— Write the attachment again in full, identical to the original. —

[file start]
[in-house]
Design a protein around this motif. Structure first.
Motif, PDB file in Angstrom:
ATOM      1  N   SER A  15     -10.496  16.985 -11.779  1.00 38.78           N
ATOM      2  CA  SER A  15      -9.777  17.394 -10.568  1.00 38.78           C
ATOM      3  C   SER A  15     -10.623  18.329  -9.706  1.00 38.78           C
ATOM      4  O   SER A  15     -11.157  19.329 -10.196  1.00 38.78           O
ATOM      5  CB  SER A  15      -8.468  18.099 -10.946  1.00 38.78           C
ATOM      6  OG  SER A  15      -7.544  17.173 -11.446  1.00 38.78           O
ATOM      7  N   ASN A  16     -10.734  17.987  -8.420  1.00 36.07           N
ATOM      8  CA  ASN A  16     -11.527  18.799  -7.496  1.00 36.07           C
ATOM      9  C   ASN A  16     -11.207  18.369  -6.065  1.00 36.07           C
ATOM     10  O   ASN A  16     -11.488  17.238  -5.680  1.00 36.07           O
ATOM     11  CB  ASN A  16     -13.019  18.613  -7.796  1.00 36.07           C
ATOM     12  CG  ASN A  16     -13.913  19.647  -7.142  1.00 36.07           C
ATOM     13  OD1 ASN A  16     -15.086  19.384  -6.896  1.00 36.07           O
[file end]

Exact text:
[in-house]
Design a protein around this motif. Structure first.
Motif, PDB file in Angstrom:
ATOM      1  N   SER A  15     -10.496  16.985 -11.779  1.00 38.78           N
ATOM      2  CA  SER A  15      -9.777  17.394 -10.568  1.00 38.78           C
ATOM      3  C   SER A  15     -10.623  18.329  -9.706  1.00 38.78           C
ATOM      4  O   SER A  15     -11.157  19.329 -10.196  1.00 38.78           O
ATOM      5  CB  SER A  15      -8.468  18.099 -10.946  1.00 38.78           C
ATOM      6  OG  SER A  15      -7.544  17.173 -11.446  1.00 38.78           O
ATOM      7  N   ASN A  16     -10.734  17.987  -8.420  1.00 36.07           N
ATOM      8  CA  ASN A  16     -11.527  18.799  -7.496  1.00 36.07           C
ATOM      9  C   ASN A  16     -11.207  18.369  -6.065  1.00 36.07           C
ATOM     10  O   ASN A  16     -11.488  17.238  -5.680  1.00 36.07           O
ATOM     11  CB  ASN A  16     -13.019  18.613  -7.796  1.00 36.07           C
ATOM     12  CG  ASN A  16     -13.913  19.647  -7.142  1.00 36.07           C
ATOM     13  OD1 ASN A  16     -15.086  19.384  -6.896  1.00 36.07           O